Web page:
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Revealed: the most absurd excuses used by employers for underpaying staff

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Paying the national minimum wage is a legal requirement, yet some unscrupulous bosses still try to worm their way out it.

Data from HM Revenue and Customs (HMRC) shows it helped more than 155,000 workers last year recover more than £16m in pay, and also issued more than £14m worth of penalties.

The national minimum wage – the lowest a worker can be paid by law – is currently £8.91 per hour for people 23 and over, £8.36 for 21 and 22-year-olds, and £6.56 for those 18 to 20. The hourly minimum for under 18s is £4.62 and £4.30 for apprentices.

While most employers pay the minimum wage, some try to dodge it. HMRC has published some of their most absurd excuses.

“She does not deserve the National Minimum Wage because she only makes the teas and sweeps the floors.”

“The employee was not a good worker, so I did not think they deserved to be paid the National Minimum Wage.”

“My accountant and I speak a different language – he does not understand me, and that is why he does not pay my workers the correct wages.”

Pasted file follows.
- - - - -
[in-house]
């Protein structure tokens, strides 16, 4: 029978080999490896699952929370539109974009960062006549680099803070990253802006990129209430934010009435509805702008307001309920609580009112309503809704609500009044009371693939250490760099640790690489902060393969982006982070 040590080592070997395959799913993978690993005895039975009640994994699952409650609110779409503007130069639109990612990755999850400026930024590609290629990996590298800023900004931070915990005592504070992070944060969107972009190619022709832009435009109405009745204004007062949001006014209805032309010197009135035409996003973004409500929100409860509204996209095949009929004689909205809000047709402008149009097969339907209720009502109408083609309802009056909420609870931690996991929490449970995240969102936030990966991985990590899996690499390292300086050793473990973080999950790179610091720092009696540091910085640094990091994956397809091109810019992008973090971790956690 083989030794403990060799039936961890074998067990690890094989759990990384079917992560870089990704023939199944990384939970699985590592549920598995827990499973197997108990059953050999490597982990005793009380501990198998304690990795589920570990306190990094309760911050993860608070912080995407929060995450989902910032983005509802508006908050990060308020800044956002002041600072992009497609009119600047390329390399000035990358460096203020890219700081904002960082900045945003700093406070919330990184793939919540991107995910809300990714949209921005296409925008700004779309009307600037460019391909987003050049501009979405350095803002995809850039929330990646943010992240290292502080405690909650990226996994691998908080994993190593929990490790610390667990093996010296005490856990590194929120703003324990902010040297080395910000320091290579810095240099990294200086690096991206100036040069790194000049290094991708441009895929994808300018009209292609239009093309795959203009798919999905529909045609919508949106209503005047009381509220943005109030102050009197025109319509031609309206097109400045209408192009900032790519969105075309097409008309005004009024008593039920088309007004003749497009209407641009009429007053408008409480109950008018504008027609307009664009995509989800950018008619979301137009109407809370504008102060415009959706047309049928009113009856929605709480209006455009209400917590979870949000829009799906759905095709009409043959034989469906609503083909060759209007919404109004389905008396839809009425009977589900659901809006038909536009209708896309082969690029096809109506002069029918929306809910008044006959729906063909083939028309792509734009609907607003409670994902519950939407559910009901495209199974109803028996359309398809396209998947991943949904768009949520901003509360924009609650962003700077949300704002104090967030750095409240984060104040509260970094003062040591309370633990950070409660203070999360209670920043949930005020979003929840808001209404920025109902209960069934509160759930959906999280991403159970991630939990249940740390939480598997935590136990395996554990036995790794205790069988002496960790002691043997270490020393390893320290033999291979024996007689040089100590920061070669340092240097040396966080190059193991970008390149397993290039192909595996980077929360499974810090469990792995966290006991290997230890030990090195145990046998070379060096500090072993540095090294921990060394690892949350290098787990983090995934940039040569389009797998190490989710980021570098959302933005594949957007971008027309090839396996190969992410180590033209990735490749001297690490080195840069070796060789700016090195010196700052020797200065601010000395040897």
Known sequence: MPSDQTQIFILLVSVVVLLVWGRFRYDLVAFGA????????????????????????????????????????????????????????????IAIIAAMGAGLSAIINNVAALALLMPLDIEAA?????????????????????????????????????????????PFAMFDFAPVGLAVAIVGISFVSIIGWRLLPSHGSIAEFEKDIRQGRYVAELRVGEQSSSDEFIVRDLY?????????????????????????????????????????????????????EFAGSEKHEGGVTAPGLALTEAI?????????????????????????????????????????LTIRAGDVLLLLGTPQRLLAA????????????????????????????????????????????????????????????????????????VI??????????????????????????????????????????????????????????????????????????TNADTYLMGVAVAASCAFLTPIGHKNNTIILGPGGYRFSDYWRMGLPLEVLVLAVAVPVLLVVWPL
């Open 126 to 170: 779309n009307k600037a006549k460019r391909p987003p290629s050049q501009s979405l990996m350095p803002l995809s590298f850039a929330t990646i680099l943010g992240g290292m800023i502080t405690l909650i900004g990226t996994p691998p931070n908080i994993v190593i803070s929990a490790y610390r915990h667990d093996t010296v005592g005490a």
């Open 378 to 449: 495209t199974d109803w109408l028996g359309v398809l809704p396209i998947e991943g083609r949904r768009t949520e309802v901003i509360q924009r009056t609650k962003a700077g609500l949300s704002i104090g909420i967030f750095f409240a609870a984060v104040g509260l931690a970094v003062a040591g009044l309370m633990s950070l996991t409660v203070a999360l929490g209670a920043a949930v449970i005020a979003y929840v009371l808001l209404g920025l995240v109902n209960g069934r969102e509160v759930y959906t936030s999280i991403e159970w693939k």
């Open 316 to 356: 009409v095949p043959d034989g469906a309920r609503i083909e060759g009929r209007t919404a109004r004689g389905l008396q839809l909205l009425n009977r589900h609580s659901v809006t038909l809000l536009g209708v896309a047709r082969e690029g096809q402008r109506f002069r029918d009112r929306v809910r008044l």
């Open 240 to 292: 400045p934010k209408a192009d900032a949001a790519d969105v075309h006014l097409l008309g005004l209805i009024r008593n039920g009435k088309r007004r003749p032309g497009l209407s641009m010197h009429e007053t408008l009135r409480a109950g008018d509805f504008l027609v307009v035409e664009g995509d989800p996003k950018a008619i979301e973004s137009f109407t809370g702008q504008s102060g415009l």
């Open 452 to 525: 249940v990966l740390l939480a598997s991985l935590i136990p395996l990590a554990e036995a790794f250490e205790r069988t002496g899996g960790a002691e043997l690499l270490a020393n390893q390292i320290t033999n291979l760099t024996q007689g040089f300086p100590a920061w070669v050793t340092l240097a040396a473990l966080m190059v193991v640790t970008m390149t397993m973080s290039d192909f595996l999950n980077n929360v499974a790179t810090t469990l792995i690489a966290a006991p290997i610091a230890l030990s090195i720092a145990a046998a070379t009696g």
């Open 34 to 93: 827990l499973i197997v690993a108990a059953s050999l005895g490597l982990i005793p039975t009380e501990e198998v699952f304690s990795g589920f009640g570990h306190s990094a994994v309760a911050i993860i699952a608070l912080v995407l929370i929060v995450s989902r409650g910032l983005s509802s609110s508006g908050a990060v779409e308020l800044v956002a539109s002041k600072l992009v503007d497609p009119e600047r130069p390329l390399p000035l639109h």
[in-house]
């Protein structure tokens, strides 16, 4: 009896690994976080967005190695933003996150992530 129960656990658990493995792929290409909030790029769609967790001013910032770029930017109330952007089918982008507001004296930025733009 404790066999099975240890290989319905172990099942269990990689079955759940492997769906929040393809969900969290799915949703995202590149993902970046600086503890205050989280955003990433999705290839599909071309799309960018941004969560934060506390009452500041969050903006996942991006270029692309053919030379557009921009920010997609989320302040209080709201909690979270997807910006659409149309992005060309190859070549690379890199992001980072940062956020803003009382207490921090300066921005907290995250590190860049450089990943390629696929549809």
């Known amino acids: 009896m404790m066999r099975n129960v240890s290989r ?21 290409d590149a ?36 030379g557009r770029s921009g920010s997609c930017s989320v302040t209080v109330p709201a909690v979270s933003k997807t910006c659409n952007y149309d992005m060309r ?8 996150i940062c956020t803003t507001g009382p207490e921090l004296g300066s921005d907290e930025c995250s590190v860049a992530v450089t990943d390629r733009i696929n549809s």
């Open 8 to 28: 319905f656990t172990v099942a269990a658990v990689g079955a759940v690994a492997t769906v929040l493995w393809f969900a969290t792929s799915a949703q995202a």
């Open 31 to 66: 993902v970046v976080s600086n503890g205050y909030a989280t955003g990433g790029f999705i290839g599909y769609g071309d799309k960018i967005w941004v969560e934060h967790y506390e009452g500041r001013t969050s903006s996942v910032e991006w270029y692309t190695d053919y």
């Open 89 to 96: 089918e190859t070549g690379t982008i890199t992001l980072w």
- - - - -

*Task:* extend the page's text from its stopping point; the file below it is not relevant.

“My employee is still learning so they are not entitled to the National Minimum Wage.”

“It is part of UK culture not to pay young workers for the first three months as they have to prove their ‘worth’ first.”

“The National Minimum Wage does not apply to my business.”

“I have got an agreement with my workers that I will not pay them the National Minimum Wage; they understand, and they even signed a contract to this effect.”

“I thought it was okay to pay young workers below the National Minimum Wage as they are not British and therefore do not have the right to be paid it.”

“My workers like to think of themselves as being self-employed and the National Minimum Wage does not apply to people who work for themselves.”

“My workers are often just on standby when there are no customers in the shop; I only pay them for when they are actually serving someone.”

If you think you’re being underpaid, you can complain online at or call the Acas Pay and Work Rights Helpline on 0300 123 1100, who can transfer the call to HMRC.

Employers can also contact the Acas Helpline for free help and advice or visit to find out more.

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